As medical costs continue to soar, Palo Alto officials are exploring ways to revamp the health care plans the city offers to its employees and retirees — an effort that is already creating anxiety and threats of lawsuits from labor unions.
The Palo Alto City Council discussed the deeply contentious topic of rising health care costs at length on Monday, Feb. 4. And while members didn't adopt any changes, they directed staff to explore the city's options for health plans, including a "flexible benefit plan" (also known as a "cafeteria plan") in which an employee can choose from a menu of benefit options.
The Monday conversation was the latest installment in a series of meetings the council set up last year to tackle the complex and contentious problems of rising pension and health care costs. According to a new city report, the city's health care expenses in fiscal year 2013 totaled $27.3 million, up from $11.5 million in 2003. The report from City Manager James Keene states that health care costs "will continue to rise at an estimated rate of 6 to 7 percent in 2013 for active employees, retirees, and their dependents, consuming a greater portion of the general-fund budget."
The city's proposal to revamp health care for employees and retirees hit a speed bump last year, when the Palo Alto Police Officers Association signed a new contract that offered various concessions on pensions and health care. But the union also vehemently rejected changing health care benefits for future retirees.
Evelyn Gutierrez, an organizer for Service Employees International Union, Chapter 521, challenged the city's proposal, claiming in a letter that a "cafeteria" plan would "selectively cut retirement medical benefit for long-term employees while leaving it intact for newer employees."
Palo Alto seeks funds to revamp transit center
While Palo Alto wrestles with a massive proposal by John Arrillaga to build an office complex and theater at 27 University Ave. and to redesign the busy and outmoded transit center downtown, city planners are also pursuing an alternative to pay for the dramatic transit improvements.
The City Council plans to consider on Monday night, Feb. 11, a list of projects that could qualify for the One Bay Area Grant, a program that distributes funds from the regional Metropolitan Transportation Commission to local jurisdictions for projects promoting transportation, bike and pedestrian improvements. In Santa Clara County, the MTC funds will be administered by the Santa Clara County Valley Transportation Authority (VTA), which has a total of $71.3 million available for distribution.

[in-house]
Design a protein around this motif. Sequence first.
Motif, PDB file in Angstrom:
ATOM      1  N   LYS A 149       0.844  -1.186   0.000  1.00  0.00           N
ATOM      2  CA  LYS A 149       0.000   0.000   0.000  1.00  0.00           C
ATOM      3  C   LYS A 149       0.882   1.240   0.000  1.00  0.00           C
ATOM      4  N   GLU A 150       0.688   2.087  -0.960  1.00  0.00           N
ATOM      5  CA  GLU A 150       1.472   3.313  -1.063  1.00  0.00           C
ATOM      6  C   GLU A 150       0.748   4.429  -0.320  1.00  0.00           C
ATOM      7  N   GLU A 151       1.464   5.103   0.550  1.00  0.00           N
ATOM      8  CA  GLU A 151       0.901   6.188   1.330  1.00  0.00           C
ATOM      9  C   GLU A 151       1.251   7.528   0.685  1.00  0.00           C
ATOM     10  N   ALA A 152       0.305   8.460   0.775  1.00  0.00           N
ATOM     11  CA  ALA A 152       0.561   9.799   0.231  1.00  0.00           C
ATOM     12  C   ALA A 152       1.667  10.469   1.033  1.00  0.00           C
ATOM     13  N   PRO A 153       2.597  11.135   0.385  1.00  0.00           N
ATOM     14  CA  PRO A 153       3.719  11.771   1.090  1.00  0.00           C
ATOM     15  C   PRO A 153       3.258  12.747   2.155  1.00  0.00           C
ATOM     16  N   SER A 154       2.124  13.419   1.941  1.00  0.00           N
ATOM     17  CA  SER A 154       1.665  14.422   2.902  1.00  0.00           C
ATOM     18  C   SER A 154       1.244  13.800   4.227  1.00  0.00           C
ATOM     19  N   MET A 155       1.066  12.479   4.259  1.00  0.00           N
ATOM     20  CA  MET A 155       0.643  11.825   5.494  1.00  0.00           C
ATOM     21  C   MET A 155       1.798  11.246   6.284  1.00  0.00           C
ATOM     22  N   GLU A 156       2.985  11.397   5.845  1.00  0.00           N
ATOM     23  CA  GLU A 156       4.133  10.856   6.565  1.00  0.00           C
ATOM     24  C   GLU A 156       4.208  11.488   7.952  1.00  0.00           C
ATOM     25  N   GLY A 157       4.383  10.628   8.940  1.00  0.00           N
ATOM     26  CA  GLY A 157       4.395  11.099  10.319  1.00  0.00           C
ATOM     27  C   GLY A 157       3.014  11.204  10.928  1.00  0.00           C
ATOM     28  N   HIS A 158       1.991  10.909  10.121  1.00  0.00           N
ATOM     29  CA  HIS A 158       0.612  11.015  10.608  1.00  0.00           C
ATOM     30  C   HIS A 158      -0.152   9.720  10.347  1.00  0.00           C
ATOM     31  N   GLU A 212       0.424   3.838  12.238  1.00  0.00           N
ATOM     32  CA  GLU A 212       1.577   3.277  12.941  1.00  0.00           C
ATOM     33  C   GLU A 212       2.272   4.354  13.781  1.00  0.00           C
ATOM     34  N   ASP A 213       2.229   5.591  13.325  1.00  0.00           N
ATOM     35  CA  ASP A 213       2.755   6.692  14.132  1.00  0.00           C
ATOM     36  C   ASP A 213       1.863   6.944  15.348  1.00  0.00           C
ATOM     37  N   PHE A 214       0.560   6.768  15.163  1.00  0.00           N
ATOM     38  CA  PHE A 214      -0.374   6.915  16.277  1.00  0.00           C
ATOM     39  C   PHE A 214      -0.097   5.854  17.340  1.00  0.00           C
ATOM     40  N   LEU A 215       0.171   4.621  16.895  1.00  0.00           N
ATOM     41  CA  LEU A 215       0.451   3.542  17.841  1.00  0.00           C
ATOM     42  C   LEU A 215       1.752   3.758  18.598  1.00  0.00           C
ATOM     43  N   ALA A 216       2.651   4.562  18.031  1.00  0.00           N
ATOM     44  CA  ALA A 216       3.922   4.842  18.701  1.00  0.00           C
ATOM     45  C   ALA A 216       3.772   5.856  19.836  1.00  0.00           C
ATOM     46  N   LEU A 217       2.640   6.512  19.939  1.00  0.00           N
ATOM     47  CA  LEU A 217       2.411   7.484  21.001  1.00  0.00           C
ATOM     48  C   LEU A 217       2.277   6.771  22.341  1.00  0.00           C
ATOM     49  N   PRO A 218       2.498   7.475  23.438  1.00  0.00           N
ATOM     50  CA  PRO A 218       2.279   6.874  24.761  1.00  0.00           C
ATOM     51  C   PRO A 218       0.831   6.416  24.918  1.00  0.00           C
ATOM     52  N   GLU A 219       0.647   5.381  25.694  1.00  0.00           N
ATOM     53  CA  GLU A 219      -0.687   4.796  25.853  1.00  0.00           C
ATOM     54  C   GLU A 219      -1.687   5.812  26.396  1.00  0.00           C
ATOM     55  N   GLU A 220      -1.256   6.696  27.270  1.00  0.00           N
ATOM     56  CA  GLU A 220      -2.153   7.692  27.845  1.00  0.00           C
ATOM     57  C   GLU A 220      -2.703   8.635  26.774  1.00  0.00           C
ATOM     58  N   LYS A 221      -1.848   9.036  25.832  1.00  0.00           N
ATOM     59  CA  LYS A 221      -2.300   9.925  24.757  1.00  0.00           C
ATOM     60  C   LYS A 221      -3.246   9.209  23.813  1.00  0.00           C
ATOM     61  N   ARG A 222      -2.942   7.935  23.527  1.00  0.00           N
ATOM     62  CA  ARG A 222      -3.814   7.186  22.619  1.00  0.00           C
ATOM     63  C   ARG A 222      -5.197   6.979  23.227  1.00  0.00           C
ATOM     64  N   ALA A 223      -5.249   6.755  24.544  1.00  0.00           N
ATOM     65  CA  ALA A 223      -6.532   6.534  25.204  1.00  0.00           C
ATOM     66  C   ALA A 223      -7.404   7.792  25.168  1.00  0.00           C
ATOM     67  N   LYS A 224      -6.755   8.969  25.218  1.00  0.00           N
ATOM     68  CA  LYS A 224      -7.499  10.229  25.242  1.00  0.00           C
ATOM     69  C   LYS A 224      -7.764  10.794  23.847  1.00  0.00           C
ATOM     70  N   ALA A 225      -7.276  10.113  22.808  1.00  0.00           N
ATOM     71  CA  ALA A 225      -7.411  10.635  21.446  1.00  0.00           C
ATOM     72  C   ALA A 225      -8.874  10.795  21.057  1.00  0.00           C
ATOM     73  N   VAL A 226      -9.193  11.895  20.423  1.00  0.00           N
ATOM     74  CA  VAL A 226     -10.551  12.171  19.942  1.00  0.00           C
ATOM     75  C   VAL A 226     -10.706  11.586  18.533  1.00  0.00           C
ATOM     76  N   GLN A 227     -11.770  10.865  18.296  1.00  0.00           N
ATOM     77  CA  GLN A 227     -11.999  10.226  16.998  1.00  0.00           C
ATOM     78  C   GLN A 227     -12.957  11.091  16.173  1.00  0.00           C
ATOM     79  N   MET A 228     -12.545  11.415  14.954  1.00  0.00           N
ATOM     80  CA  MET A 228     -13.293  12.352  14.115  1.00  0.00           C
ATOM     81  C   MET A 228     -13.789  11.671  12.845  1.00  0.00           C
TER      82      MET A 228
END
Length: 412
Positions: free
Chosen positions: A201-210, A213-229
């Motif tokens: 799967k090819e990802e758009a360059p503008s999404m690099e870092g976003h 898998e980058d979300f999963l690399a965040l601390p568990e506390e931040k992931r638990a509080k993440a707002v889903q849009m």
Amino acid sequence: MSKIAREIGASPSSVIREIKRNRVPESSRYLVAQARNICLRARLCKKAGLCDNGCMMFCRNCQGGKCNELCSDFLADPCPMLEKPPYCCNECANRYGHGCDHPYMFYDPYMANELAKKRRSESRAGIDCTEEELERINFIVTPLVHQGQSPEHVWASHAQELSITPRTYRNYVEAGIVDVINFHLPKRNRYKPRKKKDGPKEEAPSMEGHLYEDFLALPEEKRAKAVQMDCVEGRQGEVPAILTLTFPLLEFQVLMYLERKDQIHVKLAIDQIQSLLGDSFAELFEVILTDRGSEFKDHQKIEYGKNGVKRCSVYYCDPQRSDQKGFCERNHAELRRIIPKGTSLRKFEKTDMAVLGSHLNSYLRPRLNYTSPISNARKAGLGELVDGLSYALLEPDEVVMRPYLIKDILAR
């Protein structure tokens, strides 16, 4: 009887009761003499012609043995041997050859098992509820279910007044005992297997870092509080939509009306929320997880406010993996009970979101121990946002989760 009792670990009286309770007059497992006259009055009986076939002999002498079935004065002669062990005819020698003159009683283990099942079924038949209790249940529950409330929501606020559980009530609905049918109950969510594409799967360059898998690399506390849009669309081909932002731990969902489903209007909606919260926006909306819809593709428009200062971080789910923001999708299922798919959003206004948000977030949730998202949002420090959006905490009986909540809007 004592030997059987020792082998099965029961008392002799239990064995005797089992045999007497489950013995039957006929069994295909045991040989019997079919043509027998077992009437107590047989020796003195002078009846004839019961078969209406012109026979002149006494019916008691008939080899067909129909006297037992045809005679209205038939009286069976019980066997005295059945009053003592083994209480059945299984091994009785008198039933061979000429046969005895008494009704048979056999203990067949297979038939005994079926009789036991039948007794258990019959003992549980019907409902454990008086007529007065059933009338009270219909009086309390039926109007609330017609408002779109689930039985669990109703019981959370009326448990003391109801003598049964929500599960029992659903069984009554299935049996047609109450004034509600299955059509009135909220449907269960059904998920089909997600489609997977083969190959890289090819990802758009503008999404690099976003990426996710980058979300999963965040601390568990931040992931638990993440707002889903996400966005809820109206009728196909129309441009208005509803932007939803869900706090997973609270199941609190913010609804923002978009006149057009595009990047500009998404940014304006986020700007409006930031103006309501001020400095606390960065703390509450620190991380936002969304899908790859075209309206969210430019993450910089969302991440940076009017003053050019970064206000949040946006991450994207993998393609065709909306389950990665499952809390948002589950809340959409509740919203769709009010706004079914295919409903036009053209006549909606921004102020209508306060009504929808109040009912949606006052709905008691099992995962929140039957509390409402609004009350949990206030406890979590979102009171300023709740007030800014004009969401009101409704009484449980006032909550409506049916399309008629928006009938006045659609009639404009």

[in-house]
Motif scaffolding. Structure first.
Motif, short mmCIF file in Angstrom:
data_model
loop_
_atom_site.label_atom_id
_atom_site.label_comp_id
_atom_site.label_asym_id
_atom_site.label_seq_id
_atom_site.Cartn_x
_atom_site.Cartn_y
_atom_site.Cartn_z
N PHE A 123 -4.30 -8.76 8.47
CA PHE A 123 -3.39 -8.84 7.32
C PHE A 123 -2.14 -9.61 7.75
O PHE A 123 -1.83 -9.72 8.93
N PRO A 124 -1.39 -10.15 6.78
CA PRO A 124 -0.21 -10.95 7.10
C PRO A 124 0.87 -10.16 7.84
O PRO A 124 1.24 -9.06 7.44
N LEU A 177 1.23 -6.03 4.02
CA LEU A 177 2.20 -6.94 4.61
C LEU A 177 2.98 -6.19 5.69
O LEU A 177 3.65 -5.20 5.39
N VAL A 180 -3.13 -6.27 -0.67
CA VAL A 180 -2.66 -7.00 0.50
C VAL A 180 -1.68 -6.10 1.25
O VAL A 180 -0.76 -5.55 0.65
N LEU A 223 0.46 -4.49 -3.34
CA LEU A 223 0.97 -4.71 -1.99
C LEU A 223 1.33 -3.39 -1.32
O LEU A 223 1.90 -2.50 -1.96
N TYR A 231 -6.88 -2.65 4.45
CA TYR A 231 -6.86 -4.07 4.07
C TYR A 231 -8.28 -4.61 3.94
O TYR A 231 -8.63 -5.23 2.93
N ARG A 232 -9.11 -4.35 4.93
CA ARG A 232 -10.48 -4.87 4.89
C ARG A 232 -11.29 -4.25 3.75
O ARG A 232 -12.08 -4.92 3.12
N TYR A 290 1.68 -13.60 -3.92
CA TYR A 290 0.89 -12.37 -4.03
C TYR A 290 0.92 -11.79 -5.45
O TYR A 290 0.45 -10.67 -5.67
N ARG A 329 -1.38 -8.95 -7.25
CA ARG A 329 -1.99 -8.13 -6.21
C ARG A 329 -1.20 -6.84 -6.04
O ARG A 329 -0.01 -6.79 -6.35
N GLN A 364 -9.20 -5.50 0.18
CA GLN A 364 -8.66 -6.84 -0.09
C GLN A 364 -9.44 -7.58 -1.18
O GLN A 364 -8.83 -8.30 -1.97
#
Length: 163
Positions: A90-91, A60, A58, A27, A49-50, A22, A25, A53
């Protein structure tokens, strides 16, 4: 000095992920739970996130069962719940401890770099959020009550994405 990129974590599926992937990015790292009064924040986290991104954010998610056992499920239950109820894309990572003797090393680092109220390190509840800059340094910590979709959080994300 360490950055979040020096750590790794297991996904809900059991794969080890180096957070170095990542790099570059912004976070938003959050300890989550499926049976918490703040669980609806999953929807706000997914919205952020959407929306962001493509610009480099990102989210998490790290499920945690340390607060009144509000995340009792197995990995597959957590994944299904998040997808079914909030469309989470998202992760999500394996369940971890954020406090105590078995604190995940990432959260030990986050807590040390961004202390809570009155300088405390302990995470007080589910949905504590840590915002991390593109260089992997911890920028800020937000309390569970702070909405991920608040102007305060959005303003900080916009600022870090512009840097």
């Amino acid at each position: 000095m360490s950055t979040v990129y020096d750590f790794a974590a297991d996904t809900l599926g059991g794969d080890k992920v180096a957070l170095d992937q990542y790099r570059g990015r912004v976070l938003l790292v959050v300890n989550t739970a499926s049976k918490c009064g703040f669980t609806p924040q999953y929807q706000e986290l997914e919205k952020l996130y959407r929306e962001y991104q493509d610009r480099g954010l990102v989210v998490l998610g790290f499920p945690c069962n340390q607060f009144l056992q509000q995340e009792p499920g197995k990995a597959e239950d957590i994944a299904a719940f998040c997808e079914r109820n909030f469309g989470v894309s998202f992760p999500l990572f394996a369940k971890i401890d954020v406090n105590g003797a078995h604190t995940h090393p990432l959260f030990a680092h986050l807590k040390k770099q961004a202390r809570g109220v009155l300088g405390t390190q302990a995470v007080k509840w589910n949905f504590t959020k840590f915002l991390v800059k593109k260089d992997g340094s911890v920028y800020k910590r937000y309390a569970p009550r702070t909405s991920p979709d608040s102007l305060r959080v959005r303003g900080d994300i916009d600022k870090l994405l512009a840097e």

According to a new report, Palo Alto plans to submit 10 projects for possible consideration, including two having to do with the University Avenue Caltrain station. The first involves extending the existing Urban Lane Transit Mall south and building a parking structure to support Caltrain — a project estimated to cost up to $15 million. The city is requesting $10 million for the project, with the city footing the rest of the bill.
The second project would reconstruct the transit station to achieve a similar design offered by Arrillaga, which would raise the number of transit stops and layover stations from 21 to 32. This ambitious proposal would cost about $34 million, about $24 million of which the city hopes to get in grant funds. If the city receives this grant — a bit of a long shot given the amount of the request and the total pool of funds available — the city would then have to find a way to raise its matching share of $10.2 million.
The city is also seeking grant money for a series of other projects, ranging from a bike-and-pedestrian bridge over U.S. Highway 101 at Adobe Creek to traffic-signal upgrades.
Arson suspect deemed unfit for trial
Damon Luce, the man accused of setting several fires at the Arastradero Preserve in Palo Alto, was found mentally unfit to stand trial after a doctor's testimony Feb. 6.
Proceedings against him will be suspended while Luce is sent to a state psychiatric facility to restore his competency until he is fit to stand trial. Duffy McGilligan, Santa Clara County deputy district attorney, said Luce could be in the facility for as long as three years.
Luce allegedly set five fires in the Arastradero Preserve on Aug. 8, 2012. He was charged with five counts of felony arson.
McGilligan said the testifying doctor evaluated Luce as having a psychotic disorder not specified. The court's finding meant that Luce was of a mental state in which he was either unable to understand the nature of the proceedings against him or unable to rationally assist in his defense.